Do you face this struggle? Is there an answer in this lifetime? How do those perfect, approved Christians do it? Or are they struggling, too? And maybe telling their own little white lies (and maybe even big ones sometimes)?

Thursday, 5 April 2018

Fitting the Puzzle Pieces Together

(Journaled February 20 ... and following up from my previous post!)

Sometimes life just seems to carry on, day after day, like a pile of jigsaw pieces scattered over a table, with no obvious pattern, direction, or picture emerging.

And then, all of a sudden, it seems like a few jigsaw pieces suddenly fall into place and, wonderful surprise, a piece of the picture emerges!

I've been having some of those serendipitous (as in, I'm sure, providential rather than accidental!) experiences lately. I was wondering and praying so long about what to do in regards to meeting with the church, feeling discouraged, not knowing where I might belong or be of help. Then we went through a "Spiritual Disciplines" study (which I'd written years ago, led once, and then shelved) at our house church gathering, and it surprisingly has given me a sense of Father's direction more than I've experienced or expected for a long time. Meantime, I started attending Anglican services (traditional ones, following the Book of Common Prayer) early on Sunday mornings, and I feel more and more at home there, though I still don't know what my part might be.

And daily, I'm so enjoying using Phyllis Tickles interdenominational Divine Hours and The Common Prayer pocket ed.(though I've also used the full edition in the past) and the Hymns of the Living Faith (which brings back so many memories of my Free Methodist childhood) and of course the Bible, using a read-through-the-Bible-in-a-year chronological process for personal devotions, as well as my own prayer lists.

I have found myself actually managing to cut way back from sugar and chocolate and baked goodies for Lent. And have come to a much better understanding about tithes and offerings--from several sources at once. And rewatched The Shack movie with friends and was reminded of God's love, which gave me a renewed trust in Papa, Jesus, and Sarayu (the Holy Spirit) despite life's circumstances.

I've been spending time with Catholic folks and fellow teachers through a Catholic school I do tutoring contract for. I've also been amazed by the way Father has been bringing Christian writers and writing into my life lately, as I'd been feeling really quite conflicted about the state of "Christian writing" in the past few years. A friend's new memoir was an encouragement, even a revelation to me of God's work in her life even with all its ups and downs. And I've discovered some really helpful websites where Christian writers have been sharing their writing journeys from the perspective of being believers.

I attended a talk recently at our local college by a First Nations friend, Greg Younging, and bought a copy of his new aboriginal writer's style guide, Elements of Indigenous Style, which I'm looking forward to reading and using, as I have been looking for clearer direction in my own writing around indigenous issues on my HaidaGwaiiBuilding Bridges website and elsewhere. Although I've been married for 35 years to a First Nations man and we have 5 children with native status, and I've been deeply involved in many indigenous activities, I've become rather paralyzed with fear about writing on indigenous issues as a white person. I feel this book is an answer to help me overcome my fears and write responsibly and thoughtfully.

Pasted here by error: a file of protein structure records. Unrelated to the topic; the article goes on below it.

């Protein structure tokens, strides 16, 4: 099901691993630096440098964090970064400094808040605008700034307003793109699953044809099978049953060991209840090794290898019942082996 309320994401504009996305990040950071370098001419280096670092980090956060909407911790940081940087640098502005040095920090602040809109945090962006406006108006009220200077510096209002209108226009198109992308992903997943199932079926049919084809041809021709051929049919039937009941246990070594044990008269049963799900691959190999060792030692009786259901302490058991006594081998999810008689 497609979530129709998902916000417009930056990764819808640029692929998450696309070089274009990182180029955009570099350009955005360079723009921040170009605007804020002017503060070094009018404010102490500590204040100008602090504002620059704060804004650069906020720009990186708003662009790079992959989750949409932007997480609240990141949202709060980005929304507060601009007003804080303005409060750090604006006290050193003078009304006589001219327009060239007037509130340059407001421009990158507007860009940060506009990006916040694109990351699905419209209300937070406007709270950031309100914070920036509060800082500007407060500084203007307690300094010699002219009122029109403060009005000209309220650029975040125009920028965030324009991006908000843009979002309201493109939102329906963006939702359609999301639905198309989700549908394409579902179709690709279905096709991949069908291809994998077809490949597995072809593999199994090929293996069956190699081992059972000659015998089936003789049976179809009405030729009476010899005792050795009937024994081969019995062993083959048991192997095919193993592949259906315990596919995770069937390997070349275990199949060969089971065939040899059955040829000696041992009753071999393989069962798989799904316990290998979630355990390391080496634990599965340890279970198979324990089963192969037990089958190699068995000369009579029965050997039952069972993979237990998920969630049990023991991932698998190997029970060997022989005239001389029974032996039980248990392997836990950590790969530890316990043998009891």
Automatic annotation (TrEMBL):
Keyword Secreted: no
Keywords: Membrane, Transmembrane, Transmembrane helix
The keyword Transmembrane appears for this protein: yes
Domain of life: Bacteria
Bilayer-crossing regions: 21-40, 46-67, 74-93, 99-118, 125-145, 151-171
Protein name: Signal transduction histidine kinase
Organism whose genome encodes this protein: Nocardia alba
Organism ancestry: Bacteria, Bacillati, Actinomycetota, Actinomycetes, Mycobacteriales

Even spending some time the other day talking with some eager "Mormon missionary boys" and seeing their love for the Lord and at the same time being able to share the gospel of Christ as I've known and understood it, encouraged me to reflect more clearly on what I really believe and why, share my faith more openly, and listen to others, find where they are on their spiritual journey, and share thoughts with them from my own experiences.

I am seeing God's path and ministry for me, at least in this season of my life, is to live His love to a wide variety of people--and leave the judging to Him, the only truly knowing and understanding judge of each heart. Sometimes I've felt worry and guilt because of thoughts that I might be too "liberal" and not "strictly evangelical Christian" as in how I was brought up. But here I am, and God knows my heart, and I am becoming far more assured that He is directing my paths, and giving me courage to share the gospel of the cross of Christ, and love Him and others with His love while leaving the work of the Holy Spirit up to Him. I do believe, more and more, that God is powerful enough to do His part (I think we often don't really believe that...) and that I can trust Him even when I can't "see" the answers to my prayers or understand His ways with my so-limited human heart.

A recent blog post from the Simple Church Journal, "Starting Churches Is Not the Mission," (by Roger Thoman) was a real encouragement to me, and a confirmation of how those jigsaw pieces in my spiritual puzzle have been fitting together. It stated:

Our mission always begins with people. The people whom God has called us to.... That is where we must begin to walk out an organic, Jesus-following, fruitful lifestyle with a Scriptural mission. And every one of us have different people that we are called to. Some of us are called to encourage and support out-of-church believers.... Some of us are called to work with people on the streets.... Some of us are called primarily to care for our own family for a season.... Some of us are called to work with [people of other religious beliefs].... Some of us are called to work primarily with [the groups of people we encounter in our work or recreation].... The ministry of reaching people, making disciples ... begins with the context of the people that God called you to.... the methods, and tools, and strategies will come out of the people you are called to work among. Stay there! ....focus on your mission to bring the Gospel and make disciples (followers) within that unique context.